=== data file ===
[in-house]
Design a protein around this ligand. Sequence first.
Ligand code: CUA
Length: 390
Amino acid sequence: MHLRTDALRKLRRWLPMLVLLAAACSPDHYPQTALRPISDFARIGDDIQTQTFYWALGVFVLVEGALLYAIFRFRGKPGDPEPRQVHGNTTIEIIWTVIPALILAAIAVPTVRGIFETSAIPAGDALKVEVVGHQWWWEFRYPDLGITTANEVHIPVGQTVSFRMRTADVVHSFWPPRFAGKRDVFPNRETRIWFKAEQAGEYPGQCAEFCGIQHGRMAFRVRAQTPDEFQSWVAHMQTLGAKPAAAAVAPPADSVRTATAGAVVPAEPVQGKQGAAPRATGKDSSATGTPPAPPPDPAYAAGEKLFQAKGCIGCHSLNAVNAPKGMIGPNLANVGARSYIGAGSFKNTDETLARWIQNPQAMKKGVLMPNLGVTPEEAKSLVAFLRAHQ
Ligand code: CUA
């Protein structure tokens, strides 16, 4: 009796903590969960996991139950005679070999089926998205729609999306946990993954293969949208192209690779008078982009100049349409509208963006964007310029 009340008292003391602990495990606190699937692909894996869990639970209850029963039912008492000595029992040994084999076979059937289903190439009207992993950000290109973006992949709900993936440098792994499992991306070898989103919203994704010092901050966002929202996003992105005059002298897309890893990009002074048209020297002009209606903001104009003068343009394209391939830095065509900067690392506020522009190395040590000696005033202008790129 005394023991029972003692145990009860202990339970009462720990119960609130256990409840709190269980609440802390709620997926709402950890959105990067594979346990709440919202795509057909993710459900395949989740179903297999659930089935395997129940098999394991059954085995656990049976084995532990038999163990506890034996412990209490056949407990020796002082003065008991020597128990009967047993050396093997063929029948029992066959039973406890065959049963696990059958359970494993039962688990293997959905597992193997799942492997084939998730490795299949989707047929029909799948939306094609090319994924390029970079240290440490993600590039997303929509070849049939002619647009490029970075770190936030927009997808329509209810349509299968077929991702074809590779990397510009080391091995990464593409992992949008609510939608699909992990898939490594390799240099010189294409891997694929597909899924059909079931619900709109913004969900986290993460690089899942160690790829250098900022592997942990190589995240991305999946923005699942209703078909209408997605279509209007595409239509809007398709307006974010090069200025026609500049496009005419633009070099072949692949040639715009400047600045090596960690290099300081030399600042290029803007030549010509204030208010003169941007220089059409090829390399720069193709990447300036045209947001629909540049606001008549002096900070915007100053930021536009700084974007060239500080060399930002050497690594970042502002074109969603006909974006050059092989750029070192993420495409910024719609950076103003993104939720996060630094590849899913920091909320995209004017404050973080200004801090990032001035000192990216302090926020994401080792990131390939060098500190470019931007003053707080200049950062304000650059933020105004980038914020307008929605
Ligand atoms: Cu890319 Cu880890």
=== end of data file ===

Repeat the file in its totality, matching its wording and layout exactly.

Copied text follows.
[in-house]
Design a protein around this ligand. Sequence first.
Ligand code: CUA
Length: 390
Amino acid sequence: MHLRTDALRKLRRWLPMLVLLAAACSPDHYPQTALRPISDFARIGDDIQTQTFYWALGVFVLVEGALLYAIFRFRGKPGDPEPRQVHGNTTIEIIWTVIPALILAAIAVPTVRGIFETSAIPAGDALKVEVVGHQWWWEFRYPDLGITTANEVHIPVGQTVSFRMRTADVVHSFWPPRFAGKRDVFPNRETRIWFKAEQAGEYPGQCAEFCGIQHGRMAFRVRAQTPDEFQSWVAHMQTLGAKPAAAAVAPPADSVRTATAGAVVPAEPVQGKQGAAPRATGKDSSATGTPPAPPPDPAYAAGEKLFQAKGCIGCHSLNAVNAPKGMIGPNLANVGARSYIGAGSFKNTDETLARWIQNPQAMKKGVLMPNLGVTPEEAKSLVAFLRAHQ
Ligand code: CUA
């Protein structure tokens, strides 16, 4: 009796903590969960996991139950005679070999089926998205729609999306946990993954293969949208192209690779008078982009100049349409509208963006964007310029 009340008292003391602990495990606190699937692909894996869990639970209850029963039912008492000595029992040994084999076979059937289903190439009207992993950000290109973006992949709900993936440098792994499992991306070898989103919203994704010092901050966002929202996003992105005059002298897309890893990009002074048209020297002009209606903001104009003068343009394209391939830095065509900067690392506020522009190395040590000696005033202008790129 005394023991029972003692145990009860202990339970009462720990119960609130256990409840709190269980609440802390709620997926709402950890959105990067594979346990709440919202795509057909993710459900395949989740179903297999659930089935395997129940098999394991059954085995656990049976084995532990038999163990506890034996412990209490056949407990020796002082003065008991020597128990009967047993050396093997063929029948029992066959039973406890065959049963696990059958359970494993039962688990293997959905597992193997799942492997084939998730490795299949989707047929029909799948939306094609090319994924390029970079240290440490993600590039997303929509070849049939002619647009490029970075770190936030927009997808329509209810349509299968077929991702074809590779990397510009080391091995990464593409992992949008609510939608699909992990898939490594390799240099010189294409891997694929597909899924059909079931619900709109913004969900986290993460690089899942160690790829250098900022592997942990190589995240991305999946923005699942209703078909209408997605279509209007595409239509809007398709307006974010090069200025026609500049496009005419633009070099072949692949040639715009400047600045090596960690290099300081030399600042290029803007030549010509204030208010003169941007220089059409090829390399720069193709990447300036045209947001629909540049606001008549002096900070915007100053930021536009700084974007060239500080060399930002050497690594970042502002074109969603006909974006050059092989750029070192993420495409910024719609950076103003993104939720996060630094590849899913920091909320995209004017404050973080200004801090990032001035000192990216302090926020994401080792990131390939060098500190470019931007003053707080200049950062304000650059933020105004980038914020307008929605
Ligand atoms: Cu890319 Cu880890």